Widespread, geologically fast (<500 kyr) shallow-marine glaucony formation during the Cretaceous greenhouse world has no recent analogon. A detailed investigation from the Upper Turonian Danubian Cretaceous Group (southern Germany) links authigenic marine glaucony precipitation (Großberg Formation) to the intense chemical weathering in the catchment of a supplying river system (Seugast Member, Roding Formation). Nine glauconitic facies types within the Großberg Formation reflect a mixed shallow-marine depositional environment with land-derived siliciclastics, marine-carbonates and authigenic glaucony. X-ray diffraction analyses confirm these authigenic green grains and matrix as glauconitic minerals. The very high values of the modified chemical index of alteration (mean CIX between 86 and 92) demonstrate that the catchment area of the Seugast River was deeply chemically weathered and leached. In comparison to the hydrochemistry of modern tropical streams, massive Late Cretaceous nearshore glaucony formation was promoted by the riverine flux from the deeply chemically weathered, wet-continents, amply supplying essential elements (Fe, Si, K and Al) fuelling shallow-marine glauconitization. The sequence stratigraphic calibration of the shallow-marine to continental transects of the Großberg Formation and the Seugast Member, corresponding to the late Turonian depositional sequence DS Tu 5, further demonstrates that Late Cretaceous glaucony formation was a fast process (<500 kyr).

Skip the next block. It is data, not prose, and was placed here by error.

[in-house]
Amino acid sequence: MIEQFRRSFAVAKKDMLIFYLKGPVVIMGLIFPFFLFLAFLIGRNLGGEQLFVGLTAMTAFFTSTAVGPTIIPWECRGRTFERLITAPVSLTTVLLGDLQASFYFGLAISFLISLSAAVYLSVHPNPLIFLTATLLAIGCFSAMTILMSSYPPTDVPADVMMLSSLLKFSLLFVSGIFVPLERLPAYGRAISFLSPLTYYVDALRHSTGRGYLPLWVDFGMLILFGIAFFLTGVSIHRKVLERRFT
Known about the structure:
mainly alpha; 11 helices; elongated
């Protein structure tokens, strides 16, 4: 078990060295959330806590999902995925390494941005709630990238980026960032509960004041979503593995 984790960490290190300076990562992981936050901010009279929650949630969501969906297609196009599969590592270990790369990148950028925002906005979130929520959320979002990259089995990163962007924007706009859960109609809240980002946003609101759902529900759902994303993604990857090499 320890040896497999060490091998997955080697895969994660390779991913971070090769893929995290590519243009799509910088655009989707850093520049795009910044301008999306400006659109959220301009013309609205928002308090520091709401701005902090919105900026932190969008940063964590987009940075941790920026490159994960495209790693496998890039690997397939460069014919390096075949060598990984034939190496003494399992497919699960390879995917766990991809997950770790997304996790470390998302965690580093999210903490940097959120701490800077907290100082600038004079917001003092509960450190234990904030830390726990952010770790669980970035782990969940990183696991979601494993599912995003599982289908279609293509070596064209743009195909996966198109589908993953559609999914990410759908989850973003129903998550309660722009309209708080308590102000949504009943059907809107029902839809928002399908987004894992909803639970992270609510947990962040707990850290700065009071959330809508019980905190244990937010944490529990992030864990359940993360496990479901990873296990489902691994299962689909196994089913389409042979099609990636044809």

Supplementary Material: Supplementary Table S1 provides contents of total carbon (TC), total inorganic carbon (TIC), total organic carbon (TOC), major elements and Zr as well as element/Al ratios, calculated excess K (Kxs), silicate K (Ksil or K2Osil), molar element oxides and CIX values. Bold sample IDs: marine samples, data in italics: below quantification limit (0.1 wt %), data in bold and italics: silicate K2O necessary for CIX calculation, na: not analyzed. Table S1 is available at https://doi.org/10.6084/m9.figshare.c.6297404.

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